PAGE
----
If you’ve been intrigued by the latest developments of Toyota and Hyundai in their endeavors to make cars more eco-friendly without sacrificing a reasonable price tag, you may be interested in what Honda has is store. It’s reported that Honda’s newest project, a revolutionary hydrogen fuel cell, will be released sometime next year. Critics of the hydrogen fuel cells made by Hyundai and Toyota seem to be skeptical that Honda’s new car will be much different, but if the prototype is any indication, this car could change the way that the automotive industry sees hydrogen fuel cells.
A concept car which was created at last year’s Los Angeles Auto Show seems more futuristic than the actual car will turn out, but it’s an indication that Honda doesn’t intend to keep their latest research project on the conservative side of the industry. Not only is the sedan aesthetically modern, but as an energy-efficient vehicle, it is already being praised by the U.S. Department of Energy.
Currently, hydrogen fuel cell cars are extremely limited by a lack of fueling stations around the country, and many people are also noting that carbon emissions from hydrogen cells are likely to be greater than those from electric cars — at least, until researchers develop better ways of transporting the compressed hydrogen used in the cars. Nevertheless, like electric and hybrid cars, Honda’s newest prototype holds a great deal of potential and has effectively caused many industry experts to reassess the prevalence of energy-efficient vehicles. As consumer demand rises — and it has risen exponentially in the past few years, since electric and hybrid cars have become more affordable — the auto industry is likely to respond to that demand and create a great variety of eco-friendly cars, affordable for and available to the general public.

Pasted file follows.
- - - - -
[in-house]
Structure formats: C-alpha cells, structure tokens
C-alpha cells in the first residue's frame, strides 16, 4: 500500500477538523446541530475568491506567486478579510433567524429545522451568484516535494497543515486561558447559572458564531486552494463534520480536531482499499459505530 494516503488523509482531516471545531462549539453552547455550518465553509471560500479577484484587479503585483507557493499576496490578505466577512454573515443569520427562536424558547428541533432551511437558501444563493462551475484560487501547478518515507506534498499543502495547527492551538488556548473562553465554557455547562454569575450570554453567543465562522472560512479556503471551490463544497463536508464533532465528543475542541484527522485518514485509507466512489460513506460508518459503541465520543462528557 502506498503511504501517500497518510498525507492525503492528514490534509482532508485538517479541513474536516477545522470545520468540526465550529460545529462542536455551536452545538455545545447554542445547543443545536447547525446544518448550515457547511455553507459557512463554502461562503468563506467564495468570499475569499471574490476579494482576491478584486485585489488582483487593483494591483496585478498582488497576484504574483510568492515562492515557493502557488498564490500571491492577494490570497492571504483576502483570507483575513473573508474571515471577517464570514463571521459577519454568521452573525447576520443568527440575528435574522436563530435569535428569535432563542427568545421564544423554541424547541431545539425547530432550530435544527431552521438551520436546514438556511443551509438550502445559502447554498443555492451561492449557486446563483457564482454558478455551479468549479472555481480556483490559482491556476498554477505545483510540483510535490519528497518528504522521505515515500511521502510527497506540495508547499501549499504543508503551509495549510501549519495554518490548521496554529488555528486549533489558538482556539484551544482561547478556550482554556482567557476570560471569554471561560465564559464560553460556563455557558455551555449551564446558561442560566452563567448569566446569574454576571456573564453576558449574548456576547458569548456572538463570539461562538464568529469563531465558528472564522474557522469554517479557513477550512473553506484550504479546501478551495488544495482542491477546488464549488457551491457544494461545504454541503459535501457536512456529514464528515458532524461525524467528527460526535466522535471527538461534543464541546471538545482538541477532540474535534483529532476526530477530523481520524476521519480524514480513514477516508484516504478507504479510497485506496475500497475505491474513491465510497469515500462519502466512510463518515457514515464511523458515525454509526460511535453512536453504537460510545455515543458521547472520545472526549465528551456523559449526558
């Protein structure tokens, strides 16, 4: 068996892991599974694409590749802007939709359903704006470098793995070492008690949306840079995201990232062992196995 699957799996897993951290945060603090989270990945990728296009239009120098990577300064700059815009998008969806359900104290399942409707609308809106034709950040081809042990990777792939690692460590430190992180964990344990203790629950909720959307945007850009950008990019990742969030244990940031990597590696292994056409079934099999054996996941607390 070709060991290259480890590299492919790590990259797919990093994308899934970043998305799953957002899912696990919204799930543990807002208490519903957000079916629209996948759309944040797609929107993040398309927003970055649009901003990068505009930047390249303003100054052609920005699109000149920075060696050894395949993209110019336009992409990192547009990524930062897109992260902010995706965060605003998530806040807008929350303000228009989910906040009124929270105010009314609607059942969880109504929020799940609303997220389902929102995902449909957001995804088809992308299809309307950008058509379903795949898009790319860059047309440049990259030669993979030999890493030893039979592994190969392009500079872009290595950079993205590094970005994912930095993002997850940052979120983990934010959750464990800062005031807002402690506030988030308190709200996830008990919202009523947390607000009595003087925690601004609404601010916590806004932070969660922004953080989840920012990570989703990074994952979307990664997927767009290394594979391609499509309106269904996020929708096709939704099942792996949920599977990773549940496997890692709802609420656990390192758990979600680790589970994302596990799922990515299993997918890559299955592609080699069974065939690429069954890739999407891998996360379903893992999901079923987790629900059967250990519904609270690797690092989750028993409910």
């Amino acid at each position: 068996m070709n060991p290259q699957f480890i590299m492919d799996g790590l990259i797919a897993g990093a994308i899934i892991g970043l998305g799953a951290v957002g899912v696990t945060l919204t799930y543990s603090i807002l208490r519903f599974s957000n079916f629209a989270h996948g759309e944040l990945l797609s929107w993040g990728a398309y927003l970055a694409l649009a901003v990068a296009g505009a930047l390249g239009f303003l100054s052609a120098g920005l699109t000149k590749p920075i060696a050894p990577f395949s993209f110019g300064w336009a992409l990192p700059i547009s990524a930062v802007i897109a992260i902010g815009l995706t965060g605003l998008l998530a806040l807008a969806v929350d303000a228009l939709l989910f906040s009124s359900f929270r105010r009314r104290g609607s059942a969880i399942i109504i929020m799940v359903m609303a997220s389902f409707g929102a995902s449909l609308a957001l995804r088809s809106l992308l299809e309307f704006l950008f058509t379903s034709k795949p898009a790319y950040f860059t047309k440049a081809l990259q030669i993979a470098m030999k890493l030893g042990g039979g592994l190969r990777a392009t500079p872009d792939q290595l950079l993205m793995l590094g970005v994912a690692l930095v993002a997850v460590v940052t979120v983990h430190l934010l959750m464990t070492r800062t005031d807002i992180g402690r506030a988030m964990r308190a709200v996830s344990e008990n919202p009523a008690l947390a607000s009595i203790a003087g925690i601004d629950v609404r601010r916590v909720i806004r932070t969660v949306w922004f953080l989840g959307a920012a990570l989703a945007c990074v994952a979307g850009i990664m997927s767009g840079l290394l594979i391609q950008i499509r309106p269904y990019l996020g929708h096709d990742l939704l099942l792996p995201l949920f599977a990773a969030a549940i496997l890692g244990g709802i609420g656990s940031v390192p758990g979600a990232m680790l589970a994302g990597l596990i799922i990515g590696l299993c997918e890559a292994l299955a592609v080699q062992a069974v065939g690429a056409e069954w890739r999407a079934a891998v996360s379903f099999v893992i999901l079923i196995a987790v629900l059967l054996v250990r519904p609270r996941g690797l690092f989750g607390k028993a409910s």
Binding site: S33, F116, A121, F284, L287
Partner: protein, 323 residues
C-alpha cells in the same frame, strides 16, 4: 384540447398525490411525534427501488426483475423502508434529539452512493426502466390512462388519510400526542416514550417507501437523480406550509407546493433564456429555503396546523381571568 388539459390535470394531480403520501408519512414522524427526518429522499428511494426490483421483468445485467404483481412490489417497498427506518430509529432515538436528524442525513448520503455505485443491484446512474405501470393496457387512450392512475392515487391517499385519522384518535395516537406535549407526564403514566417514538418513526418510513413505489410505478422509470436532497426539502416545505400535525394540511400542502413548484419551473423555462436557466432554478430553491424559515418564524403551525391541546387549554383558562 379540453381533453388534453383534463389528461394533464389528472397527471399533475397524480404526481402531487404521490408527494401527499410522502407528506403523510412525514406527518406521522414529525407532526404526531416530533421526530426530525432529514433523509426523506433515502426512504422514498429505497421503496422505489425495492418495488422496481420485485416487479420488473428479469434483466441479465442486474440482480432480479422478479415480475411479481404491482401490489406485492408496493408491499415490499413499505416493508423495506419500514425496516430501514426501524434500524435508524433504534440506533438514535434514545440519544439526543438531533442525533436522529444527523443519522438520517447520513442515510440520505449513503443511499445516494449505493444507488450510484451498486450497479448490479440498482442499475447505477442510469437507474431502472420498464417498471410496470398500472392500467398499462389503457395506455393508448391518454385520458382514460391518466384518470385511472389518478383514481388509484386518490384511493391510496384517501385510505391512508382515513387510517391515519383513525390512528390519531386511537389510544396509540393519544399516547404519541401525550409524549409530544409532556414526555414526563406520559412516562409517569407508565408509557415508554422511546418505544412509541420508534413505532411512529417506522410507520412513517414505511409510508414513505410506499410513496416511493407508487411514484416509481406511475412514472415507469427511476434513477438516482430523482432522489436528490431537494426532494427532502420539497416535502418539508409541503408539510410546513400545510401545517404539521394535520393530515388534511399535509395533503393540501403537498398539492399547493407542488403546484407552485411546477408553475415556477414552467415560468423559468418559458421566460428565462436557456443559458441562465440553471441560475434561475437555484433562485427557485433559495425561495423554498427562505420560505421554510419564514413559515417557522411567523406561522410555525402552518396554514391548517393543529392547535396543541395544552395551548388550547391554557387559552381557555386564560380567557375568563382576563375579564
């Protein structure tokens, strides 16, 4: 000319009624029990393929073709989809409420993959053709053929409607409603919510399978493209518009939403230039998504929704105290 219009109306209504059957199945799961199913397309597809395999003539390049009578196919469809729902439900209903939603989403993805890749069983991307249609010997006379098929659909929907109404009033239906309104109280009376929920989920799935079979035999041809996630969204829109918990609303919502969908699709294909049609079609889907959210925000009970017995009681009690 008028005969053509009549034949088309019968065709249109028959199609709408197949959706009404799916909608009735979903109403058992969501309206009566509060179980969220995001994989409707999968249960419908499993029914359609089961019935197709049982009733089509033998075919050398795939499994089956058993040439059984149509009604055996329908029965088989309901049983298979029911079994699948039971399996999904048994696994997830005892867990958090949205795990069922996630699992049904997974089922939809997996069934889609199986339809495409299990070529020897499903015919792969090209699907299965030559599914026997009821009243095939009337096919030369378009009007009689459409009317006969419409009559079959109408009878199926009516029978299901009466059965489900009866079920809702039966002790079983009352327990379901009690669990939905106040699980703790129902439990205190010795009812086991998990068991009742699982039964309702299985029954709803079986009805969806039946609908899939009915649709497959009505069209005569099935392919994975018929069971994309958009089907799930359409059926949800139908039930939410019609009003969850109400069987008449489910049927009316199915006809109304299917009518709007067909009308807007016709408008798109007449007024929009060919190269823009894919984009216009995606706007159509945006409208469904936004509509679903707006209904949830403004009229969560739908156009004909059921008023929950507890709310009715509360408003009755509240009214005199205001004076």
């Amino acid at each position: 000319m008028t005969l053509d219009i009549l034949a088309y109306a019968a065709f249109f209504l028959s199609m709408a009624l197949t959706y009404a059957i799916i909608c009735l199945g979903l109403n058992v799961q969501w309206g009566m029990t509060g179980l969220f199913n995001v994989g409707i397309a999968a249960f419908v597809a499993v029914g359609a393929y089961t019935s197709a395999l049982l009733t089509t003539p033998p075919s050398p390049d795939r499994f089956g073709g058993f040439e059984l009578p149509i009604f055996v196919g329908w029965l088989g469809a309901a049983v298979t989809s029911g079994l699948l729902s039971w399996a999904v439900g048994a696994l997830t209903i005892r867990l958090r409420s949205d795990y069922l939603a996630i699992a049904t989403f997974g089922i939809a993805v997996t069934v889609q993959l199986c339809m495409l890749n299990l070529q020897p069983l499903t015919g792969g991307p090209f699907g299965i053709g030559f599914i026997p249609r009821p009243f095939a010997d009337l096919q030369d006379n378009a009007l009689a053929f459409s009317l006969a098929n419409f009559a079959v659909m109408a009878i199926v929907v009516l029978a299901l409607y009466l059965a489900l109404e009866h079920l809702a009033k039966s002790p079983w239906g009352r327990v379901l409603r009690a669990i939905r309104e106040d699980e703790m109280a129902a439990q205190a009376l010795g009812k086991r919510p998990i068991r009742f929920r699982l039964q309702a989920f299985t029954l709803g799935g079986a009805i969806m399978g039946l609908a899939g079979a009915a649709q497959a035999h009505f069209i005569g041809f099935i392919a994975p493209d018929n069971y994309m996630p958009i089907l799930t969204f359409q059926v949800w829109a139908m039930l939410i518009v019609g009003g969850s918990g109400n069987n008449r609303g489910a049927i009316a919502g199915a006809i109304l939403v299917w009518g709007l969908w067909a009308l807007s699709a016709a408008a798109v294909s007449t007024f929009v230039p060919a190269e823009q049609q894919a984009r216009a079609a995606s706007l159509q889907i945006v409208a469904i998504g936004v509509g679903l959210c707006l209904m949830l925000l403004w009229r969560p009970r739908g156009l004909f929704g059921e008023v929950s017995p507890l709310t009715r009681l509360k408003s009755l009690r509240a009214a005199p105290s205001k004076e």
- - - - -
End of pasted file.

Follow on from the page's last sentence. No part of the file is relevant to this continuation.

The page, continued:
Although it remains to be seen whether Honda will rise to the challenge and be able to develop a vehicle similar to the prototype, it is evident that this company only intends to move forward and keep developing models which fit the needs of consumers, as well as the demands of energy-conscious organizations.